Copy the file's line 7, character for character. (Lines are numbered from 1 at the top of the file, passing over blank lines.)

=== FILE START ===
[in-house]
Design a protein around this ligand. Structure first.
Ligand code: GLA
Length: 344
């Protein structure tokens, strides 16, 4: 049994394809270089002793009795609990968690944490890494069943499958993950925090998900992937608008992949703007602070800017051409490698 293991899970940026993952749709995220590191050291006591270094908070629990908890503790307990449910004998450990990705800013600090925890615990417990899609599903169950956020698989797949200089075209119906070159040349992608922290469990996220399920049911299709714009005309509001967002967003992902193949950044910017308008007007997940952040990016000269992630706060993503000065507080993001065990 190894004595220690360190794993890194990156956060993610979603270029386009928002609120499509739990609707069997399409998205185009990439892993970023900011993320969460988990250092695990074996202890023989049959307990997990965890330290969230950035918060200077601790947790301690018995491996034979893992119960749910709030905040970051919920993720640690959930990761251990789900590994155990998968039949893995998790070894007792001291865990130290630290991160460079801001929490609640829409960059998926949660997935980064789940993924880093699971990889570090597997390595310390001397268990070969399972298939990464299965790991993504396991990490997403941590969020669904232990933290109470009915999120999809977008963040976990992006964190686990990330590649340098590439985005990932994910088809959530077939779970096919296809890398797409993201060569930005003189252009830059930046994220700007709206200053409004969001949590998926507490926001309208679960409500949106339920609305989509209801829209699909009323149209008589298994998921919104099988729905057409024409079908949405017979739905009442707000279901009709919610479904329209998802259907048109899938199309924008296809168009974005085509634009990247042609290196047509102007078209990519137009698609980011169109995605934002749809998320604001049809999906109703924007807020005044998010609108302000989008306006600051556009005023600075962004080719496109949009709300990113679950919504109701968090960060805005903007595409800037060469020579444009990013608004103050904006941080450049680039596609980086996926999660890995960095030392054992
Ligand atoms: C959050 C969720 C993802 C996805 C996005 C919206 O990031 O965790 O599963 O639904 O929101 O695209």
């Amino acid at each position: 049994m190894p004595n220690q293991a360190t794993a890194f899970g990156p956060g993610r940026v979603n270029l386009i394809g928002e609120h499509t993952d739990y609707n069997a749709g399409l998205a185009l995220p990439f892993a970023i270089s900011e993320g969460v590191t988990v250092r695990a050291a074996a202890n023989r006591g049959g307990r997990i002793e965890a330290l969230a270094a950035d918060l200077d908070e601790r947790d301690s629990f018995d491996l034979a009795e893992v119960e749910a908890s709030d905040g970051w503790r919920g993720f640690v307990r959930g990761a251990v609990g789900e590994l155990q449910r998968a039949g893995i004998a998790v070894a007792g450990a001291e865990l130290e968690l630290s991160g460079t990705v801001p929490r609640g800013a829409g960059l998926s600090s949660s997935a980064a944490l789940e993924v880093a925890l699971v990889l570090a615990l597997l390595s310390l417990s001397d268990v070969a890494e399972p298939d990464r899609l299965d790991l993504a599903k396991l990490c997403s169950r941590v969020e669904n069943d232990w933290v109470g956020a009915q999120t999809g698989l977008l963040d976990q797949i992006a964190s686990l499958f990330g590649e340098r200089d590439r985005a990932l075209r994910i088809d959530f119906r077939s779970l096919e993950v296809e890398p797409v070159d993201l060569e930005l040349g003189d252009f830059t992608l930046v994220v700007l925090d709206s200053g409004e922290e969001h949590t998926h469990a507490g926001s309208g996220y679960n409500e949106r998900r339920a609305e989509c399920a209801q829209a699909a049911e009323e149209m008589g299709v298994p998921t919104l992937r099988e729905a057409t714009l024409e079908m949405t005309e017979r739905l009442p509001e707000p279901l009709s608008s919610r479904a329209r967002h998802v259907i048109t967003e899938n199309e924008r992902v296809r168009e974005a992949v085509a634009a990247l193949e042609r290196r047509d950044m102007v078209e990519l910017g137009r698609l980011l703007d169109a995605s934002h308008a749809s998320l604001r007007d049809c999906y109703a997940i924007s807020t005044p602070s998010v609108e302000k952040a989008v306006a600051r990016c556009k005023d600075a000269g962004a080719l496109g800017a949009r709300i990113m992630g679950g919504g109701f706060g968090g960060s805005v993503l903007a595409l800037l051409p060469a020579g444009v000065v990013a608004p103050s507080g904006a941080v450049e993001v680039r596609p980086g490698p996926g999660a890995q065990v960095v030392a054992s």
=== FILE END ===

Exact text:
């Amino acid at each position: 049994m190894p004595n220690q293991a360190t794993a890194f899970g990156p956060g993610r940026v979603n270029l386009i394809g928002e609120h499509t993952d739990y609707n069997a749709g399409l998205a185009l995220p990439f892993a970023i270089s900011e993320g969460v590191t988990v250092r695990a050291a074996a202890n023989r006591g049959g307990r997990i002793e965890a330290l969230a270094a950035d918060l200077d908070e601790r947790d301690s629990f018995d491996l034979a009795e893992v119960e749910a908890s709030d905040g970051w503790r919920g993720f640690v307990r959930g990761a251990v609990g789900e590994l155990q449910r998968a039949g893995i004998a998790v070894a007792g450990a001291e865990l130290e968690l630290s991160g460079t990705v801001p929490r609640g800013a829409g960059l998926s600090s949660s997935a980064a944490l789940e993924v880093a925890l699971v990889l570090a615990l597997l390595s310390l417990s001397d268990v070969a890494e399972p298939d990464r899609l299965d790991l993504a599903k396991l990490c997403s169950r941590v969020e669904n069943d232990w933290v109470g956020a009915q999120t999809g698989l977008l963040d976990q797949i992006a964190s686990l499958f990330g590649e340098r200089d590439r985005a990932l075209r994910i088809d959530f119906r077939s779970l096919e993950v296809e890398p797409v070159d993201l060569e930005l040349g003189d252009f830059t992608l930046v994220v700007l925090d709206s200053g409004e922290e969001h949590t998926h469990a507490g926001s309208g996220y679960n409500e949106r998900r339920a609305e989509c399920a209801q829209a699909a049911e009323e149209m008589g299709v298994p998921t919104l992937r099988e729905a057409t714009l024409e079908m949405t005309e017979r739905l009442p509001e707000p279901l009709s608008s919610r479904a329209r967002h998802v259907i048109t967003e899938n199309e924008r992902v296809r168009e974005a992949v085509a634009a990247l193949e042609r290196r047509d950044m102007v078209e990519l910017g137009r698609l980011l703007d169109a995605s934002h308008a749809s998320l604001r007007d049809c999906y109703a997940i924007s807020t005044p602070s998010v609108e302000k952040a989008v306006a600051r990016c556009k005023d600075a000269g962004a080719l496109g800017a949009r709300i990113m992630g679950g919504g109701f706060g968090g960060s805005v993503l903007a595409l800037l051409p060469a020579g444009v000065v990013a608004p103050s507080g904006a941080v450049e993001v680039r596609p980086g490698p996926g999660a890995q065990v960095v030392a054992s």